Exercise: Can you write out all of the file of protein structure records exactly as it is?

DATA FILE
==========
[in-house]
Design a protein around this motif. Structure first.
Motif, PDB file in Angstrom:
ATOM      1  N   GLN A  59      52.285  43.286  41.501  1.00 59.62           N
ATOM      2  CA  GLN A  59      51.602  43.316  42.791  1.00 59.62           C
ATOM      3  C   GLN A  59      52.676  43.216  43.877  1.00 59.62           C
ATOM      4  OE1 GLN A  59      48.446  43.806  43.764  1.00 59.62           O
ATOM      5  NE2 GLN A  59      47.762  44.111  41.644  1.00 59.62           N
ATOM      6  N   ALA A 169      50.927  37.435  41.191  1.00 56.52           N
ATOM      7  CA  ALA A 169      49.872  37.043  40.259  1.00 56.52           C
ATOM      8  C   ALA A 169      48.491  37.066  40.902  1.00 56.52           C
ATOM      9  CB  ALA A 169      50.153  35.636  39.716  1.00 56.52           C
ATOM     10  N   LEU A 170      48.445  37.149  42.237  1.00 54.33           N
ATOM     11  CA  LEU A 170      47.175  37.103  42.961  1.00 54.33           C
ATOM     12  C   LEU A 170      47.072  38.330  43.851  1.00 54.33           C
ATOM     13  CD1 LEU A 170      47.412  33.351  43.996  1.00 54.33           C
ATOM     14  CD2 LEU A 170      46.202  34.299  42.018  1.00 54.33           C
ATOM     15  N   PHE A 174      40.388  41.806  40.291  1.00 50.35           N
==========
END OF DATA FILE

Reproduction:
[in-house]
Design a protein around this motif. Structure first.
Motif, PDB file in Angstrom:
ATOM      1  N   GLN A  59      52.285  43.286  41.501  1.00 59.62           N
ATOM      2  CA  GLN A  59      51.602  43.316  42.791  1.00 59.62           C
ATOM      3  C   GLN A  59      52.676  43.216  43.877  1.00 59.62           C
ATOM      4  OE1 GLN A  59      48.446  43.806  43.764  1.00 59.62           O
ATOM      5  NE2 GLN A  59      47.762  44.111  41.644  1.00 59.62           N
ATOM      6  N   ALA A 169      50.927  37.435  41.191  1.00 56.52           N
ATOM      7  CA  ALA A 169      49.872  37.043  40.259  1.00 56.52           C
ATOM      8  C   ALA A 169      48.491  37.066  40.902  1.00 56.52           C
ATOM      9  CB  ALA A 169      50.153  35.636  39.716  1.00 56.52           C
ATOM     10  N   LEU A 170      48.445  37.149  42.237  1.00 54.33           N
ATOM     11  CA  LEU A 170      47.175  37.103  42.961  1.00 54.33           C
ATOM     12  C   LEU A 170      47.072  38.330  43.851  1.00 54.33           C
ATOM     13  CD1 LEU A 170      47.412  33.351  43.996  1.00 54.33           C
ATOM     14  CD2 LEU A 170      46.202  34.299  42.018  1.00 54.33           C
ATOM     15  N   PHE A 174      40.388  41.806  40.291  1.00 50.35           N